Money is an issue at our university, and, unlike many fields, my specialty area is one in which finding a full-time replacement would be quite difficult & costly (the job market for faculty in this niche is actually quite good).  So he is right in that staffing my classes will be challenging if I take a full-year sabbatical.

I was thinking of doing some of the leg work for him (asking the junior faculty member which classes hu would be comfortable prepping for next year, trying to find an adjunct or two who can fill the gaps), and then approach him in a problem solving mode:  I want to go on sabbatical & you want classes staffed in a cost effective manner so here are some possible solutions... 

If that goes over like I lead balloon, then I might back off and STFU, but I hate to just drop this just because I am nervous about the tenure decision.  What do you think?

I don't see anything wrong with telling him you'll ask some of your connections if they know of adjuncts. That would be something more in your expertise, because you're the one with connections in your subfield. At least in my department, asking junior faculty about teaching classes would be a problem, as that is the chair's job.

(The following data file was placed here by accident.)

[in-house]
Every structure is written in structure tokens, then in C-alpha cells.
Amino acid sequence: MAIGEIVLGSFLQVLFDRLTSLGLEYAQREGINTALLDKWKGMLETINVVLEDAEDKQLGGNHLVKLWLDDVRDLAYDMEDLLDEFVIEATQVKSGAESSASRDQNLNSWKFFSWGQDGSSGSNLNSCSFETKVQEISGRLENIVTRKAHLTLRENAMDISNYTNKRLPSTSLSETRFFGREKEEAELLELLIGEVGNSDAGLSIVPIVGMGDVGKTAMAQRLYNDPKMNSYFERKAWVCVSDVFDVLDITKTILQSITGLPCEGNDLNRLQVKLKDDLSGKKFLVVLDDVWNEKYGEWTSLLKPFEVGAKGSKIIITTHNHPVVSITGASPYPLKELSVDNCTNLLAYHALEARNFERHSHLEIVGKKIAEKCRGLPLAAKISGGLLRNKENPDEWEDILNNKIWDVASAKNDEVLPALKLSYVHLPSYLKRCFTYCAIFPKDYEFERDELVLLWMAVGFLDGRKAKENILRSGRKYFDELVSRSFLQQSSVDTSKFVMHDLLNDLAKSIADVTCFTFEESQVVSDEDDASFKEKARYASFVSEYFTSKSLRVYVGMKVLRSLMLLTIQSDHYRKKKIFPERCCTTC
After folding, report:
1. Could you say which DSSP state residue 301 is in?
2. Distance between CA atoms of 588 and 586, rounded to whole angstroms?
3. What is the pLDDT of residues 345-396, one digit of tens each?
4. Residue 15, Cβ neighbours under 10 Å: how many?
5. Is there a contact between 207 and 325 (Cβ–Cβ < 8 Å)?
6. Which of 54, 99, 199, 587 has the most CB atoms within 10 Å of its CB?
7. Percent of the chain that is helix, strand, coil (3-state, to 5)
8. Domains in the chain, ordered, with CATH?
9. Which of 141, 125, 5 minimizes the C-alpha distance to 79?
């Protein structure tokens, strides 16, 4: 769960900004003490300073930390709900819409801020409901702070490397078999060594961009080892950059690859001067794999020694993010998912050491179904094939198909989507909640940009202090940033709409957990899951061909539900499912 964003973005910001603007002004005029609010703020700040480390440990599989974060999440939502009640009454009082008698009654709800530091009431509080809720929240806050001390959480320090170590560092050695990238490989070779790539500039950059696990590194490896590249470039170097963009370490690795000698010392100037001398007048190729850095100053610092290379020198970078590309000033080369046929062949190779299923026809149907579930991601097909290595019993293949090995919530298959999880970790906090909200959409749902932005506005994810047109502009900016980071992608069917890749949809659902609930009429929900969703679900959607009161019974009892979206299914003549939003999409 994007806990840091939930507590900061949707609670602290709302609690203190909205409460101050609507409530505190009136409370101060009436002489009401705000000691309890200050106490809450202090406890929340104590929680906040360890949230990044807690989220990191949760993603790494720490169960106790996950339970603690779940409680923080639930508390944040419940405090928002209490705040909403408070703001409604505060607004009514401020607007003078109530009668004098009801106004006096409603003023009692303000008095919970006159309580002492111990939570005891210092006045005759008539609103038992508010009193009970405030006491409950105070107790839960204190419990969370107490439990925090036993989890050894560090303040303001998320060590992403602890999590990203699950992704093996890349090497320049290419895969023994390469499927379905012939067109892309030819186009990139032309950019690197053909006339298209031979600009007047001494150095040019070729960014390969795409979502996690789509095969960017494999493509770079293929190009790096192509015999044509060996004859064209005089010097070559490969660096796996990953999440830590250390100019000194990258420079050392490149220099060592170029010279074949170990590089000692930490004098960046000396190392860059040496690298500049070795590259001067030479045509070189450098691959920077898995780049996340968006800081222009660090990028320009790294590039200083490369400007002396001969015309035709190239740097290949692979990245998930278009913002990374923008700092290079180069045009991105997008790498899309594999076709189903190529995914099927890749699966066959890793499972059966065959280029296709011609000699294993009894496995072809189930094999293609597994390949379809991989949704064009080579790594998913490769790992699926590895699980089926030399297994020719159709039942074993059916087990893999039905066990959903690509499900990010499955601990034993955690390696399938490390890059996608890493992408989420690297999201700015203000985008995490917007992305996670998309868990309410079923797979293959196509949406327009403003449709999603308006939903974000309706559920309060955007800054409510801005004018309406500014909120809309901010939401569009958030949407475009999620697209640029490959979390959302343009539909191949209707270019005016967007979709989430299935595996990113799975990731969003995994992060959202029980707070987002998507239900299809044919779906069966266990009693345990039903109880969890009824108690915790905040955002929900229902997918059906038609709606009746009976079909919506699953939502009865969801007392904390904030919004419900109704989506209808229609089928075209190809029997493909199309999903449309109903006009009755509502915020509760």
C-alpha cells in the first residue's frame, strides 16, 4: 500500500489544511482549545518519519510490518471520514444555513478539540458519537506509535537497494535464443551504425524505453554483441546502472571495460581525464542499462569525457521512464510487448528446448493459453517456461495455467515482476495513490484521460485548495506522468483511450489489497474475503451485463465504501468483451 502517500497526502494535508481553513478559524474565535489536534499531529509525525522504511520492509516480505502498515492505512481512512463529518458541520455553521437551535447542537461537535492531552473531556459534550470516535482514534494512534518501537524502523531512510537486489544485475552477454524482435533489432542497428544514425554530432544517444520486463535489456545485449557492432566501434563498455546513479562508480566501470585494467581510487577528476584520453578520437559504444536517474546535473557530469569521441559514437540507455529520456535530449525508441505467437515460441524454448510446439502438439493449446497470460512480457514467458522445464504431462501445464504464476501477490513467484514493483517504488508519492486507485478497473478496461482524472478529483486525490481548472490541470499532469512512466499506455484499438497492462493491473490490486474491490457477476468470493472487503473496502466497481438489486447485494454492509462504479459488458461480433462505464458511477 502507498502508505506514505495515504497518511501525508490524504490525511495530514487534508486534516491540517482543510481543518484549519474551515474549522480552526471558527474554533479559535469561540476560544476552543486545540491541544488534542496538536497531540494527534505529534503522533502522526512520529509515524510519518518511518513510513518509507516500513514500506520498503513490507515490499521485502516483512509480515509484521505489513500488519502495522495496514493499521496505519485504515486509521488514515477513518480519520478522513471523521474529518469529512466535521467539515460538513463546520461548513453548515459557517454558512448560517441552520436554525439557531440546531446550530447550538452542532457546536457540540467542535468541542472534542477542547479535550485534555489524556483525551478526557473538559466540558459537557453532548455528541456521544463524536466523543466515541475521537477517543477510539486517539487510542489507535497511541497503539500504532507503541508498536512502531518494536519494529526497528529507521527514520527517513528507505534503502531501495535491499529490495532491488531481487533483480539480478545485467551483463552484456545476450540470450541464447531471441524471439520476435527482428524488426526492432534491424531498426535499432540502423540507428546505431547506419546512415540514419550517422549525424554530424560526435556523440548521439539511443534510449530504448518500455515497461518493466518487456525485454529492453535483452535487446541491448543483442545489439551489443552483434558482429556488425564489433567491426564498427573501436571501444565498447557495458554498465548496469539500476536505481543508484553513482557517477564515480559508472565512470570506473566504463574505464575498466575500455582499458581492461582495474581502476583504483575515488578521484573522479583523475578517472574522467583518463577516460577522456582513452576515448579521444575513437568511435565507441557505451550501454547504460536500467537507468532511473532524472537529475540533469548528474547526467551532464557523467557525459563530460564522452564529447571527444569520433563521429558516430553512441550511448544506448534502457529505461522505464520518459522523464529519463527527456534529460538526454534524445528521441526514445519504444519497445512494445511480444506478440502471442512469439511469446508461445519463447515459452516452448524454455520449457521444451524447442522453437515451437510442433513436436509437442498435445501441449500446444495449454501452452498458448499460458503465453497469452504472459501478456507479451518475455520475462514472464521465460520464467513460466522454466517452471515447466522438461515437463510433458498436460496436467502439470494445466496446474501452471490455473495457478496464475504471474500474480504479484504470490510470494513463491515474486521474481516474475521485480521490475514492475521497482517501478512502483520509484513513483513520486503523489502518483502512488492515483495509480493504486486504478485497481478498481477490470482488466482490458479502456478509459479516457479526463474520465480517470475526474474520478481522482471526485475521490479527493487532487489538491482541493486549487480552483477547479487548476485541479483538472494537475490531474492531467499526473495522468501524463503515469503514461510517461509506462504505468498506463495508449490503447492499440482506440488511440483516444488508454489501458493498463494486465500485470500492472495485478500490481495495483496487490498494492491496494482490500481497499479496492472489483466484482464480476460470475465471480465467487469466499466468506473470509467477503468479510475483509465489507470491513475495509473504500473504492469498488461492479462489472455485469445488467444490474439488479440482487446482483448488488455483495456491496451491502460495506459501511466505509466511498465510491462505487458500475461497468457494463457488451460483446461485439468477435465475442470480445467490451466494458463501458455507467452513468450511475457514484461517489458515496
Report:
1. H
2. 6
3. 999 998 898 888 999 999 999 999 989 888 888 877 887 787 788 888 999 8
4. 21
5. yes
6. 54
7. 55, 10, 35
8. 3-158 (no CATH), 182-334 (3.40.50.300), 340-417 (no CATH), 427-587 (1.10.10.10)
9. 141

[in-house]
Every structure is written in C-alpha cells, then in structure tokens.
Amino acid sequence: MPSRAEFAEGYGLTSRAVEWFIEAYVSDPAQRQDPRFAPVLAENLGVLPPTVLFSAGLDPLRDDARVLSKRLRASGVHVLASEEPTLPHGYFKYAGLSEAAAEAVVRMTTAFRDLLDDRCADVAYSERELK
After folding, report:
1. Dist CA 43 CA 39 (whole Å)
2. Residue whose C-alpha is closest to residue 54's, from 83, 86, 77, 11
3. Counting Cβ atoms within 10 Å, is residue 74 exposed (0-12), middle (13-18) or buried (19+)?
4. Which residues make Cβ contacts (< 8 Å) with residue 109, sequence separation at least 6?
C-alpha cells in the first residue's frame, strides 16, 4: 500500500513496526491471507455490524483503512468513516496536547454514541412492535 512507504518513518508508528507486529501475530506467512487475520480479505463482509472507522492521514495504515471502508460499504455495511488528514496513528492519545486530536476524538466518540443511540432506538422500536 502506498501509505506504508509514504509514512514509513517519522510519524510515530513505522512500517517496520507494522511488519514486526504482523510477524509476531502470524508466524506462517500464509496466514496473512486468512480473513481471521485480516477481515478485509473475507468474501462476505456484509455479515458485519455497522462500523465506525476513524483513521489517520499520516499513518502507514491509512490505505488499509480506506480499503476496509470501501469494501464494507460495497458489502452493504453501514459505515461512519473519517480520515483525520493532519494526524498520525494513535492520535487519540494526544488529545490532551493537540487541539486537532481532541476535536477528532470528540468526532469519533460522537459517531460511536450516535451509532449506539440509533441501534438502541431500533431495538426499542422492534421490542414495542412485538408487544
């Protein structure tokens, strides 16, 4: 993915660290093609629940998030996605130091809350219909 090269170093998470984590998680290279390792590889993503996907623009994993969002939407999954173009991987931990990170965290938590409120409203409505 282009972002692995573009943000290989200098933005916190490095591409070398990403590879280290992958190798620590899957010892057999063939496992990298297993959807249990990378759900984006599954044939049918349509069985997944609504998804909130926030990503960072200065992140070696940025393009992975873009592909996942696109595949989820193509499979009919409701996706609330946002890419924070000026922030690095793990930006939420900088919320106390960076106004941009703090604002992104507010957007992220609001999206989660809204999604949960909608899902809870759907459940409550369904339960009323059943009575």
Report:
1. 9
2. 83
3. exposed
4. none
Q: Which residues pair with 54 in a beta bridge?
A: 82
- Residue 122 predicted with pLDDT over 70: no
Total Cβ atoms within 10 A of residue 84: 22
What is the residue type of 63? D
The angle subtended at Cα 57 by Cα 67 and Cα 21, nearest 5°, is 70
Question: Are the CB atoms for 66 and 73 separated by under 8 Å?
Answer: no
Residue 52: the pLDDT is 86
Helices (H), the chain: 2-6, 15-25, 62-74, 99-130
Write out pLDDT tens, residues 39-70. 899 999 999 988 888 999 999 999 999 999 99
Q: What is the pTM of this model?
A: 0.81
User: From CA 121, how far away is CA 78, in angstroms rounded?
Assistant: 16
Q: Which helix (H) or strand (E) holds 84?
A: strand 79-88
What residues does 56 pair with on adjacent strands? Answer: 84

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lucy_
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« Reply #28 on: November 19, 2012, 9:15:01 PM »

I'm in 100% agreement with DVF; just reading this thread has me incredibly pissed off for you OP!

Sabbaticals are necessary devises to recharge. It is good for the person taking the sabbatical, but equally good for the university. Its an important long term investment; your chair is thinking short term.

I took a year. Was only paid half my salary. Stayed here and got my research done, with my research group, with collaborators. So no way to make up the other half of my salary. The whole year off was so important. Got so much more done that way; was so much more ready to come back after the year.